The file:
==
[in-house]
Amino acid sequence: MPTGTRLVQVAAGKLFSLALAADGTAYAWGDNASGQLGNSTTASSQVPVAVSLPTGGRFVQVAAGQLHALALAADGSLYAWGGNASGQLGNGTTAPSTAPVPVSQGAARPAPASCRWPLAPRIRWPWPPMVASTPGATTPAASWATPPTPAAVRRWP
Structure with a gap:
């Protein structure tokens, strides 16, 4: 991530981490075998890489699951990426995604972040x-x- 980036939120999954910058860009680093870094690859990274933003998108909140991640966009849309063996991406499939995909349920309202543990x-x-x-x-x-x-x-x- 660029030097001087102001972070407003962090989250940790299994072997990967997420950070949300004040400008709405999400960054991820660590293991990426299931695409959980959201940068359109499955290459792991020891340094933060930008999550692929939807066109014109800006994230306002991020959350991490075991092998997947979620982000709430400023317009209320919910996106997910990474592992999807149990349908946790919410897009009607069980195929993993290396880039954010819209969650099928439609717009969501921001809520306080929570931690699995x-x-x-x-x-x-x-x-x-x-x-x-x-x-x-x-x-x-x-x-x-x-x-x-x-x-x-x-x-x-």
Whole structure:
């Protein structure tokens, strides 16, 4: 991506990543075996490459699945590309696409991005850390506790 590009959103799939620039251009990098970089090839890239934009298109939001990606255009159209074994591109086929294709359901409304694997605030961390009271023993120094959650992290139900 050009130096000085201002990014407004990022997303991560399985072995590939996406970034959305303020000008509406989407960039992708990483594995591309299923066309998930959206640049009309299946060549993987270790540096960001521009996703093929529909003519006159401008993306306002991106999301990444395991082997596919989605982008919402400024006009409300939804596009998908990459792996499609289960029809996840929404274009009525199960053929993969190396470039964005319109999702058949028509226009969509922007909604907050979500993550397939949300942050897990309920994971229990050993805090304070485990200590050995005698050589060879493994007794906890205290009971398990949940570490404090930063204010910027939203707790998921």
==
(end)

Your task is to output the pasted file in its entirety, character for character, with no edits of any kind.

[in-house]
Amino acid sequence: MPTGTRLVQVAAGKLFSLALAADGTAYAWGDNASGQLGNSTTASSQVPVAVSLPTGGRFVQVAAGQLHALALAADGSLYAWGGNASGQLGNGTTAPSTAPVPVSQGAARPAPASCRWPLAPRIRWPWPPMVASTPGATTPAASWATPPTPAAVRRWP
Structure with a gap:
């Protein structure tokens, strides 16, 4: 991530981490075998890489699951990426995604972040x-x- 980036939120999954910058860009680093870094690859990274933003998108909140991640966009849309063996991406499939995909349920309202543990x-x-x-x-x-x-x-x- 660029030097001087102001972070407003962090989250940790299994072997990967997420950070949300004040400008709405999400960054991820660590293991990426299931695409959980959201940068359109499955290459792991020891340094933060930008999550692929939807066109014109800006994230306002991020959350991490075991092998997947979620982000709430400023317009209320919910996106997910990474592992999807149990349908946790919410897009009607069980195929993993290396880039954010819209969650099928439609717009969501921001809520306080929570931690699995x-x-x-x-x-x-x-x-x-x-x-x-x-x-x-x-x-x-x-x-x-x-x-x-x-x-x-x-x-x-």
Whole structure:
């Protein structure tokens, strides 16, 4: 991506990543075996490459699945590309696409991005850390506790 590009959103799939620039251009990098970089090839890239934009298109939001990606255009159209074994591109086929294709359901409304694997605030961390009271023993120094959650992290139900 050009130096000085201002990014407004990022997303991560399985072995590939996406970034959305303020000008509406989407960039992708990483594995591309299923066309998930959206640049009309299946060549993987270790540096960001521009996703093929529909003519006159401008993306306002991106999301990444395991082997596919989605982008919402400024006009409300939804596009998908990459792996499609289960029809996840929404274009009525199960053929993969190396470039964005319109999702058949028509226009969509922007909604907050979500993550397939949300942050897990309920994971229990050993805090304070485990200590050995005698050589060879493994007794906890205290009971398990949940570490404090930063204010910027939203707790998921």